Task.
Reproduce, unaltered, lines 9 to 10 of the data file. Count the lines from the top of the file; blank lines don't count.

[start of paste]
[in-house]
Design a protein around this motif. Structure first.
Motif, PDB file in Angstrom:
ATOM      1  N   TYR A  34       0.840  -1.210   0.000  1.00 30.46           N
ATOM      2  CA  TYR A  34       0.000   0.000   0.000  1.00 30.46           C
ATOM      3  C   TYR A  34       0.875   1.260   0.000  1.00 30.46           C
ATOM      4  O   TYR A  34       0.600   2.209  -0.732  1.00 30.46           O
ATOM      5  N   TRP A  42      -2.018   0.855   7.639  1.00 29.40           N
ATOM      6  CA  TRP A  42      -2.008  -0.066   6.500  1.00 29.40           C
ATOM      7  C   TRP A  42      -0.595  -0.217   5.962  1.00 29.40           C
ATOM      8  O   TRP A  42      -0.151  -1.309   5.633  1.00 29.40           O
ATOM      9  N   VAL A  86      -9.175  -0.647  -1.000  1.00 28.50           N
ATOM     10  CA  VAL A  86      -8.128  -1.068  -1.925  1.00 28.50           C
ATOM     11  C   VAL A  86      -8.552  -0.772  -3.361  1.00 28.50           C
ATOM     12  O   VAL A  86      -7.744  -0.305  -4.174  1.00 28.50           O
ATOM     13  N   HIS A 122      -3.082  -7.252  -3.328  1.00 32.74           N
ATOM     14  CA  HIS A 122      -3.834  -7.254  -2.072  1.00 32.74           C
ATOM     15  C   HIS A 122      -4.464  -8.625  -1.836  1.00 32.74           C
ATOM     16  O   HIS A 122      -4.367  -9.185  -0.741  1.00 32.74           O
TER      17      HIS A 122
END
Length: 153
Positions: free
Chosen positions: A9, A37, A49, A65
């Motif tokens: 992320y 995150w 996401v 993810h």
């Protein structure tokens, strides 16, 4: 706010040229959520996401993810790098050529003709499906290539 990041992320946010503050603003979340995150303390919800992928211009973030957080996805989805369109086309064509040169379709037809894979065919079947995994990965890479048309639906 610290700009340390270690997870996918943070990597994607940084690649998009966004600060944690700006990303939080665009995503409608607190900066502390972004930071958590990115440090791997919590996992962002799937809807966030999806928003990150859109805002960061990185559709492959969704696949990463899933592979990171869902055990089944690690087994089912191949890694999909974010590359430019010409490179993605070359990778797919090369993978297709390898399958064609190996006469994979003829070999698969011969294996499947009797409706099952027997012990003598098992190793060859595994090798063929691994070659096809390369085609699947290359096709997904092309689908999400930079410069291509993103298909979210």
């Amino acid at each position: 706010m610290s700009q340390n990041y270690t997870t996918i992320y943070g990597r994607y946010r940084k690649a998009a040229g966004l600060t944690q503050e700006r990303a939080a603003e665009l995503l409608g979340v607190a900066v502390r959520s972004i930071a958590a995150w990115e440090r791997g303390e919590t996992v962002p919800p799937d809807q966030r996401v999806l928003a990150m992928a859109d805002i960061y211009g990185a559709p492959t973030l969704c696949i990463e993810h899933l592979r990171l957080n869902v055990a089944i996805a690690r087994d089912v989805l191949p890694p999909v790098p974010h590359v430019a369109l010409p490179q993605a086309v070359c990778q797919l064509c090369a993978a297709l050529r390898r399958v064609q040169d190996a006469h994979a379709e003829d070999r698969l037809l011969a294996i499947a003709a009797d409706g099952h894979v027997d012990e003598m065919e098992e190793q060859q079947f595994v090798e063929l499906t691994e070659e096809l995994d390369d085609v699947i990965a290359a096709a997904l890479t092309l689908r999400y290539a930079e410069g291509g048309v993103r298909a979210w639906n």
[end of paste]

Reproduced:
ATOM      6  CA  TRP A  42      -2.008  -0.066   6.500  1.00 29.40           C
ATOM      7  C   TRP A  42      -0.595  -0.217   5.962  1.00 29.40           C